She recalls the story of a person who spent most of their adult life in Kansas City but then returned home to southwest Kansas.
“People asked him ‘don’t you miss going to see the Chiefs, the Royals, the museums?’ and he said ‘When I lived in Kansas City I didn’t have the money to do that’,” Julie recalled.
But after moving to southwest Kansas, Julie related the man saw more Chiefs and Royals games then he ever did while living in the KC metro area.
Grow your own
“We have some people who have created some good wealth in our communities and they’ll want to retire at some point,” Julie said. “If there aren’t people to take those jobs, where do you go for those services?’
Julie points to the Dickinson County CEO program launched last year by the Dickinson County Economic Development Corporation. The entrepreneurship program seeks to prepare people, especially youth, to contribute to economic development and sustainable communities.
“When you’re growing up in a community, you don’t always realize all the jobs that exist. That’s why I’m really excited about the Dickinson County CEO program that will not only get kids to start their own businesses, but learn about existing businesses,” she said.
“So whether they do their own business or make a connection with a business owner, maybe go to college or tech school, then come back and work in that business and eventually take over, we need to share the opportunities that are here,” Julie said.
“The grass isn’t always greener somewhere else. You don’t have to tell your children to go away and make something of yourself. We want you to come back here,” she said.
“If you look around our community there are a lot of people who are either from here who chose to stay or came back here or people from other towns who chose to make Abilene their hometown.”
She named off about a dozen people who fit that description, noting they have become “wonderful members of our community.”
Wealth of riches
With her background in economic development, Julie feels Abilene has much to be proud of and amenities other communities would love to have.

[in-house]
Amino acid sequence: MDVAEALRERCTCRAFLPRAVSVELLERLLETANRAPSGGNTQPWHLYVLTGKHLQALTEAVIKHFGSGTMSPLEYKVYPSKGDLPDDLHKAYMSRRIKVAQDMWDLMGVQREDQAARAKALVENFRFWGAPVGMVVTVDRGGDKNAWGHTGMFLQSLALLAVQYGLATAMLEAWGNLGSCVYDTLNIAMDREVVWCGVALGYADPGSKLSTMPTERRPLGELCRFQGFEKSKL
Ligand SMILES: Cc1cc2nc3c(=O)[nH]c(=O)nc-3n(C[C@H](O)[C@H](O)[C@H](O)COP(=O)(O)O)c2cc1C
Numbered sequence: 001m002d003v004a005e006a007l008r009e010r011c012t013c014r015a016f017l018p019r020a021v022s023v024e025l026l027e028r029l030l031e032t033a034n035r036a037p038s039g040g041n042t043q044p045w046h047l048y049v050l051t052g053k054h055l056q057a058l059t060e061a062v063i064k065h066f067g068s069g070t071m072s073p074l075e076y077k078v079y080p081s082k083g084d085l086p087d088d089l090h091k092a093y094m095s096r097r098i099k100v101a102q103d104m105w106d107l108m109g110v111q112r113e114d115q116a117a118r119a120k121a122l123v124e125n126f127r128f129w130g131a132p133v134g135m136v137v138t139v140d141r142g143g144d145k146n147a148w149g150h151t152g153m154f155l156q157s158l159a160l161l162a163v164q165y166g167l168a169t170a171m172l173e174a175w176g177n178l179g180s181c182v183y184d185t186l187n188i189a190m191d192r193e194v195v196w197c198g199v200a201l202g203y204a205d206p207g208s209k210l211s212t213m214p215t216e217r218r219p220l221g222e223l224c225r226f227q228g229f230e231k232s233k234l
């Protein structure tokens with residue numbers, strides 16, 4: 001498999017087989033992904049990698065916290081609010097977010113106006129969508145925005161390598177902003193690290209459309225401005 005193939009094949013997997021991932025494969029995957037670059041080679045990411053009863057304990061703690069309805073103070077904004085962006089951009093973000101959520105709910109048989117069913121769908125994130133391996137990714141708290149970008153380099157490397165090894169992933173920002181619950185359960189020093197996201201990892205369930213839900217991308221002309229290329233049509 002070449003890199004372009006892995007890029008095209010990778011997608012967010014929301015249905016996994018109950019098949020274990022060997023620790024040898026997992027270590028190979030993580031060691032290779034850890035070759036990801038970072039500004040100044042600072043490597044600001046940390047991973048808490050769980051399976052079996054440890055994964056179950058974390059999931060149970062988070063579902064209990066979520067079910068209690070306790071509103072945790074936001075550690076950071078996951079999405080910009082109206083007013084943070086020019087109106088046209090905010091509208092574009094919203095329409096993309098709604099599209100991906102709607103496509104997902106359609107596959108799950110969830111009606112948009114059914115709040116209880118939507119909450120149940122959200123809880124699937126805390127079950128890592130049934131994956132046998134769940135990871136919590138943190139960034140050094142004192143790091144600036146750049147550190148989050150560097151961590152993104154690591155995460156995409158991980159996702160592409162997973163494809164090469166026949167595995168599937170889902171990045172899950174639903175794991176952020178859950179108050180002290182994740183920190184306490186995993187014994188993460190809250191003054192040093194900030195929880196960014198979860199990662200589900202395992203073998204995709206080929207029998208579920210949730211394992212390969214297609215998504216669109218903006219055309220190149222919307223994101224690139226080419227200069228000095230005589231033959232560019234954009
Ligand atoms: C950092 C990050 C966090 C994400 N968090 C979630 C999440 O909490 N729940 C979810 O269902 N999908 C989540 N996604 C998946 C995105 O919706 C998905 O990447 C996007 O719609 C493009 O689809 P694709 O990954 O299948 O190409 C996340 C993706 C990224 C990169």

“It’s easy to focus on what we don’t have, but look at what we do have,” she said. “Other communities would love to have two grocery stores, we have many pharmacies. It’s a matter of changing your outlook. Look at what you can build out of a situation verses focusing on what you don’t have.”
Julie disagrees with those who say there’s not enough to do in Abilene. She refers to the plethora of events scheduled each year and notes that with only 52 weekends a year it’s hard to find time to keep up with everything.
“Sometimes I almost think there’s too much, but the events cater to different audiences. Not everybody is going to go see a show at Great Plains Theatre and not everyone is going to go to a lunch and learn at the Eisenhower (Library and Museum),” she said.
“We have a lot to celebrate here, but can we do better? Absolutely. Like the 4-H motto says, ‘Make the Best Better.’ I want to be part of making Abilene better and I think there’s a big group of people in town who want to do that. But it’s grass roots and it’s incremental. Change doesn’t happen overnight.”
Julie said she’s proud to be an Abilene resident and she’s not afraid to spread the word.
“You know, Texans aren’t afraid to tell you how great Texas is. We need to channel some of that and tell people we have a lot to offer,” Julie said. “Abilene is a great place. Kansas has a lot to offer.
“This is where I want to raise my family. We have a lot of good things going on here. We have a lot of good things going on in Dickinson County,” she said.
Contact Kathy Hageman at firstname.lastname@example.org .